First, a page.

Seeking a U.N. Security Council resolution affirming a ban on the testing of nuclear weapons was Obama’s scheme to enshrine the United States’ pledge not to test without having to seek the Senate’s unlikely ratification of the Comprehensive Test Ban Treaty. Then again, this runs contrary to the one trillion Dollar upgrade of the nuclear arsenal. Could the state really contemplate warhead and vector enhancements without testing was the conundrum? Hillary will have to juggle with this very complex issue of making large investments without a corresponding assurance of reliability; and then will the nuclear establishment give her the lee way to make such compromises? Time will of course tell, but, the prospect of such an event transpiring is stacked against her.

The Obama administration had noted that offering Russia a five-year extension of the New Strategic Arms Reduction Talks (START) treaty’s limits on deployed nuclear weapons (even though those limits don’t expire until 2021) would pave the way for his successor to not let the treaty lapse. Hillary, undoubtedly would have recognised this and it is reasonable that she will take steps to give legitimacy to the proposition provided Russia ‘plays ball’.

Long Range Stand Off Weapon (LRSOW)

The development of a new LRSOW nuclear cruise missile may have held logic for a limited nuclear strike but it also suggests a warped rationality that can only push the risk of nuclear weapon proliferation. In the circumstance of it being used against a nuclear weapon state, then, the risk of retaliation and a nuclear exchange spinning out of control is very real. It is a capability Obama doesn’t believe the United States needs and by any wisdom, worthy of cancellation. It would also fulfil his campaign promise to take U.S. land-based missile off hair-trigger alert. Discarding the option of launching weapons-on-warning was his way of rejecting the very Cold War thinking he was calling the world to castoff. It will remain an awkward irony that Obama won the 2009 Nobel Peace Prize for his vision of a world without nuclear weapons if he is unable to pass down such a legacy to his successor. Yet robust opposition to such a dramatic remodelling of nuclear doctrine can, with some certainty, be expected to come from the Pentagon and the military-industrial complex.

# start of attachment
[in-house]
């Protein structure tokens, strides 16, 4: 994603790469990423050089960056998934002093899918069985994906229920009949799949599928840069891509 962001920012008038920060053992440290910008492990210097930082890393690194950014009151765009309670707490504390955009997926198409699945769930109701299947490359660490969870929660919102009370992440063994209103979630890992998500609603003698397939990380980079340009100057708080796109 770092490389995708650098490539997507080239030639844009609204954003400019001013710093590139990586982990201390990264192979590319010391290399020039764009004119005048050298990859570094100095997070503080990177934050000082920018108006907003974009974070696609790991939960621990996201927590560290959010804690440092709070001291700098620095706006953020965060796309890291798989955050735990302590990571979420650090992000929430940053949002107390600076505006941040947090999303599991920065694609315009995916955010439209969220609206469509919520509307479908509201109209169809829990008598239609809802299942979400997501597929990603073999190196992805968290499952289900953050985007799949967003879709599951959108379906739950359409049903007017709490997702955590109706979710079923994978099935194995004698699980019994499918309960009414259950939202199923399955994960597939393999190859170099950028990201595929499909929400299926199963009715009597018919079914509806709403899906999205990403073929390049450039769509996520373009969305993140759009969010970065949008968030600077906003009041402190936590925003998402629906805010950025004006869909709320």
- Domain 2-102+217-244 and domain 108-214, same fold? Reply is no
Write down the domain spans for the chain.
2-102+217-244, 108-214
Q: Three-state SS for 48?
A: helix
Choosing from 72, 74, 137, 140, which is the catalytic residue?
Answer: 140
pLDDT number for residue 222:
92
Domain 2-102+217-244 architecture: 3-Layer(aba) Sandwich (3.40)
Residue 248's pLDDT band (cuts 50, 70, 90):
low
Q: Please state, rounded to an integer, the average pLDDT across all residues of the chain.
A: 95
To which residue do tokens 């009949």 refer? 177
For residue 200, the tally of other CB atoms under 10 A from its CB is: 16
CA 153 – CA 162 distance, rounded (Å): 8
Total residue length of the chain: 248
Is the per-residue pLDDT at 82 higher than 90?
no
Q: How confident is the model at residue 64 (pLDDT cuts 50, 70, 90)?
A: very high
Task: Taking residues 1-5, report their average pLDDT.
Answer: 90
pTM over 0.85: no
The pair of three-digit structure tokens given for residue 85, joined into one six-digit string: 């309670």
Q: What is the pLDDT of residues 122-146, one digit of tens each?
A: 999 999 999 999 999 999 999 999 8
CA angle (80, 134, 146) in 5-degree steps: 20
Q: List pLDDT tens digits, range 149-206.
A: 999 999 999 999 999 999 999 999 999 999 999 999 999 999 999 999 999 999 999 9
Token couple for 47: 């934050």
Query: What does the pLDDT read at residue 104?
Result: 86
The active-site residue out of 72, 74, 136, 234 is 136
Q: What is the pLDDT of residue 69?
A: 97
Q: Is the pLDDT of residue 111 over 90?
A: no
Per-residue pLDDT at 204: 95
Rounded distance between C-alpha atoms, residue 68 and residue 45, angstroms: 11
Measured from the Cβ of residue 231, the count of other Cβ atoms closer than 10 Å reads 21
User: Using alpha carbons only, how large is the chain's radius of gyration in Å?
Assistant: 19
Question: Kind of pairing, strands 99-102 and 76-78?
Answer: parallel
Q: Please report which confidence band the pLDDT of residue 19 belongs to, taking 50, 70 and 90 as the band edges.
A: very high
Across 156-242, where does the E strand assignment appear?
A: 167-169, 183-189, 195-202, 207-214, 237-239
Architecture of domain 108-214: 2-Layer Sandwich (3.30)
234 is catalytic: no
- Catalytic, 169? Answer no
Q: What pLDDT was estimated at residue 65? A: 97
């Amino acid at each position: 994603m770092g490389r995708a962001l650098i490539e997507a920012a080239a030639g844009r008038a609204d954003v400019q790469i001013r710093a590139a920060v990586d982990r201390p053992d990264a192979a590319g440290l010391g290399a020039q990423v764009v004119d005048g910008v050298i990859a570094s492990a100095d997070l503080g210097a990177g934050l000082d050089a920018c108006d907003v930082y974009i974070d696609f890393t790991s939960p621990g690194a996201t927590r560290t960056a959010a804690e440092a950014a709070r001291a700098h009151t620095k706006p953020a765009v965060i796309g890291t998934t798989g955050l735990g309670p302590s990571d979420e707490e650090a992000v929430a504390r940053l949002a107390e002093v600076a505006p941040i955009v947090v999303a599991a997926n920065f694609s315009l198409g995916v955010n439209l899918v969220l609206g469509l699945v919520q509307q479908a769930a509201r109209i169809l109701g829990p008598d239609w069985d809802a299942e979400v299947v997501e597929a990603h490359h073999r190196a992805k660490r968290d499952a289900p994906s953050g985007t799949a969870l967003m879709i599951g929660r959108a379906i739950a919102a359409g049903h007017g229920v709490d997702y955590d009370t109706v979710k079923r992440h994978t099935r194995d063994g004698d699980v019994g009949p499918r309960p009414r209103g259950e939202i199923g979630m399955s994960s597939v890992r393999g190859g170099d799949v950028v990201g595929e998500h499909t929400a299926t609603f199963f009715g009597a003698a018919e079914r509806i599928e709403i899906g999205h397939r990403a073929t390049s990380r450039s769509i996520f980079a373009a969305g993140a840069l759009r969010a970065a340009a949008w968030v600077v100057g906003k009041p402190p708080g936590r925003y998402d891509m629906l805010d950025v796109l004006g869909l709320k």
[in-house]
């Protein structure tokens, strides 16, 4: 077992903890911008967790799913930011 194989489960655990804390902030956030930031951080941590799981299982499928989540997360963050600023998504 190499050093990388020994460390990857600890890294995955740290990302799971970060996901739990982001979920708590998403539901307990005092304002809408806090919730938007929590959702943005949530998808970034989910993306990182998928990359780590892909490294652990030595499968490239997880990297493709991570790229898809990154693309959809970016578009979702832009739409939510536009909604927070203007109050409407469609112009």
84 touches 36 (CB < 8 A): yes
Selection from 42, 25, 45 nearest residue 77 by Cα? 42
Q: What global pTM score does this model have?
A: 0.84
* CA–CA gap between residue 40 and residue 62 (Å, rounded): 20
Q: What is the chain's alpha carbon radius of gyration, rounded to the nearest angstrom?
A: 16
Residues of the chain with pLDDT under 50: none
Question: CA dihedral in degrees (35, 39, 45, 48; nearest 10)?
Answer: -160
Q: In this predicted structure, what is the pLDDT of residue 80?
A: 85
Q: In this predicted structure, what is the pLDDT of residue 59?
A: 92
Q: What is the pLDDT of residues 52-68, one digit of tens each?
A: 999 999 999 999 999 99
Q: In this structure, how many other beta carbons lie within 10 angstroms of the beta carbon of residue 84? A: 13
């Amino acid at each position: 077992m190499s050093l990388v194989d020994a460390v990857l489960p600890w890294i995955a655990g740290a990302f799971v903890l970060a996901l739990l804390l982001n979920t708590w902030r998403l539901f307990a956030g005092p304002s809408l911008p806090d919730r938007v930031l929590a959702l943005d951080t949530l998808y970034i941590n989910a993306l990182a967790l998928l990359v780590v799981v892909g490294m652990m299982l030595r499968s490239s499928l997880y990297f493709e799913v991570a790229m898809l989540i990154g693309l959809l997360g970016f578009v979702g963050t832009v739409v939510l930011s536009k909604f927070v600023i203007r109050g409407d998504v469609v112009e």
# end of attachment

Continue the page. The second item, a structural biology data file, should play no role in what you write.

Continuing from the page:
U.S. Nuclear Arsenal

There are two issues related to America’s nuclear arsenal that the establishment has never really attempted to resolve, these are: Firstly, why the Pentagon is embarking upon a trillion-dollar programme to modernize the Triad? Is the program necessary (remember Hillary, in Jan 2016, had already dismissed the expenditure as meaningless)? And secondly, how do advances in non-nuclear weaponry affect theories of nuclear deterrence devised during the 1950s and 1960s? Does the logic of those early theories still hold, particularly in the light of overwhelming conventional and technological superiority? And will the Hillary Administration be resolute enough to put ‘actions where their mouth is’ and review the trillion-dollar proposed outlay in addition to challenging the ‘Word’ of Washington’s nuclear Ayatollahs? The matter seems dubious; given current relationship with Russia and China’s modernization of its nuclear arsenal. This will imply more of Cold War rationality rather than less.

The Future of the Indo-US Civil Nuclear Deal

On successful conclusion of the Indo-US civil Nuclear Deal on 10 October 2008, the late     K. Subramanian, one of the early proponents of India’s independent nuclear deterrent and an architect of her nuclear doctrine, argued that the convergence of strategic interests between the two nations made such a remarkable agreement a reality, overcoming decades-long US stand on non-proliferation; what he did not mention was, it also put an end to an equally long antagonism between the two establishments. While much of the world’s approach to India in the past had been to limit its access to nuclear technology, a former director of Los Alamos National Laboratories (a leading institution for nuclear weapons design during the Cold War) in a Senate hearing in 2008 put the matter in perspective. He suggested that it may well be that today we (the U.S.) limit ourselves by not having access to India’s nuclear technology developing such entrée should help to advice… efforts with India because India’s nuclear program was developed mostly indigenously, the country used unique techniques that other countries can learn from. Given this technical standpoint and not for a moment losing sight of the commercial prospects, the element of mutuality must come as no surprise and neither must the contract for 6 Westinghouse AP 1000 nuclear reactors due to be inked in June 2017.